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Ericson 26
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Discussion Starter · #1 ·
Does anyway know what those swaged ball end fittings are called? Where can I order them?

I need to make a new main halyard and there are no places that do Swaging out here so I'll probably be DIY-ing it.

They look like this below:

 

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Ericson 26
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Discussion Starter · #5 ·
WOW! :) Thanks for the info! And you even found a place close!

The system that's on it now has a nice locking feature which uses those ball fittings. I had to replace it last season with a cable halyard a little shorter. Honestly, I love the rope idea. I have a passion for old nautical arts. My grandfather introduced me to Hervey Garrett Smith's book while he was still alive. Sadly my grandfather passed in 2009 from cancer.

I can use the shorter cable this year. I have a long enough piece of nylon line on it so it works just fine. I just like things done properly.

Where can I find more info on these all rope halyards?
 

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Discussion Starter · #10 ·
I am sailing a 14' dinghy. Not a big cruiser. Not sure if the setup is different on larger boats. I have a length of steel rope with a captive pin shackle that attaches to the sail head. At the opposite end there is an eye. I use a length of yacht rope shackled to the eye of the steel wire rope for a downhaul to hoist the sail.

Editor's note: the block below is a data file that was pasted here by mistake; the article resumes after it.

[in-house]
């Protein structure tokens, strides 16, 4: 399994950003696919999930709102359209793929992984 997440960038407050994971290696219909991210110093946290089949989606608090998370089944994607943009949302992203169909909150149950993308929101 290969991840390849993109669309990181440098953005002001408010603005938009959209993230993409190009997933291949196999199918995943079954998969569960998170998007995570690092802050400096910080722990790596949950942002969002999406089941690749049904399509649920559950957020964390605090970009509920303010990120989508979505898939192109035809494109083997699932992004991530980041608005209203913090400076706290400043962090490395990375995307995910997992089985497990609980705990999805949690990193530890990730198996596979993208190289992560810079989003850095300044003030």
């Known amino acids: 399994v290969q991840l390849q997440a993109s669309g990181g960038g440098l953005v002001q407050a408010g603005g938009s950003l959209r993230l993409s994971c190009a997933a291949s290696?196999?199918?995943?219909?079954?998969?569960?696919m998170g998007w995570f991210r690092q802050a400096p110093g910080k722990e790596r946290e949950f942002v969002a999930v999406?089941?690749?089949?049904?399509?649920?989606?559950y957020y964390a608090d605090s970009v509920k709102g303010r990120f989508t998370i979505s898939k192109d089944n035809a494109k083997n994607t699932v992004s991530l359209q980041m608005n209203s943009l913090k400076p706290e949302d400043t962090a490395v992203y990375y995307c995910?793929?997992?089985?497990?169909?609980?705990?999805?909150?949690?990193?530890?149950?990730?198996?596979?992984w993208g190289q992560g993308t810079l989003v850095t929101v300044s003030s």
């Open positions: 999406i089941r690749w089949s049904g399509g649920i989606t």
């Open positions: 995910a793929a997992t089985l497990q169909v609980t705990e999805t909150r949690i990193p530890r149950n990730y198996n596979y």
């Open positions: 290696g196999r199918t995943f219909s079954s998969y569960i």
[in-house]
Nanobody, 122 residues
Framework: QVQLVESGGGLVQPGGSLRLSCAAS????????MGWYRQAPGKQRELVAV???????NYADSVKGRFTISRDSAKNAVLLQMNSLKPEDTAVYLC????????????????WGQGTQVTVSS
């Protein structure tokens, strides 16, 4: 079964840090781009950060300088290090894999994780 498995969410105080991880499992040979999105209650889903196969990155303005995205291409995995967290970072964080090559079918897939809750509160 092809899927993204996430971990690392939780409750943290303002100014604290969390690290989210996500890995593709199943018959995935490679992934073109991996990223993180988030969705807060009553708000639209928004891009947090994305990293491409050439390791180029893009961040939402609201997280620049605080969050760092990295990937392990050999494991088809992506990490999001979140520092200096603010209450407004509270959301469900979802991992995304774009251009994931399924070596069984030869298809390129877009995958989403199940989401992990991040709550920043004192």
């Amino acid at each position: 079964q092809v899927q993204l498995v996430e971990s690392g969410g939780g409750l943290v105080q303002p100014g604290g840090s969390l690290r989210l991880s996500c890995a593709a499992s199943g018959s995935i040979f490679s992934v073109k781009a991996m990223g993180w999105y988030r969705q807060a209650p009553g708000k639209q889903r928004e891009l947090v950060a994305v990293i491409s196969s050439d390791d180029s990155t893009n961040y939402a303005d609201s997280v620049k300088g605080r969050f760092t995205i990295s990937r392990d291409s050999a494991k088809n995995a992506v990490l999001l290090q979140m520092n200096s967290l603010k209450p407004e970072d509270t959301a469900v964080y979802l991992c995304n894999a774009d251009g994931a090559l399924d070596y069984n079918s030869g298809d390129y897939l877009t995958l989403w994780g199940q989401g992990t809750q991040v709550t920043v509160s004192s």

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Discussion Starter · #12 ·
I'll make a little presentation here with pictures! :)

Okay, so I have a I have a length of steel rope with a captive pin shackle that attaches to the sail head. The sail attaches by feeding into an internal slotted track at the back of the mast.



The steel rope section of halyard passes over the top of the mast through a pair of sheaves.



So many inches from the captive pin shackle, there is a stop fitting swaged to the steel line. I can't remember the measurement, but it is a pretty exact science. This fitting slips into a special bracket on the front of the mast, near the top and locks the halyard in place, keeping the sail up.





At the opposite end of the steel line there is an eye. I use a length of yacht rope shackled to the eye of the steel wire rope for a downhaul to hoist the sail.

 
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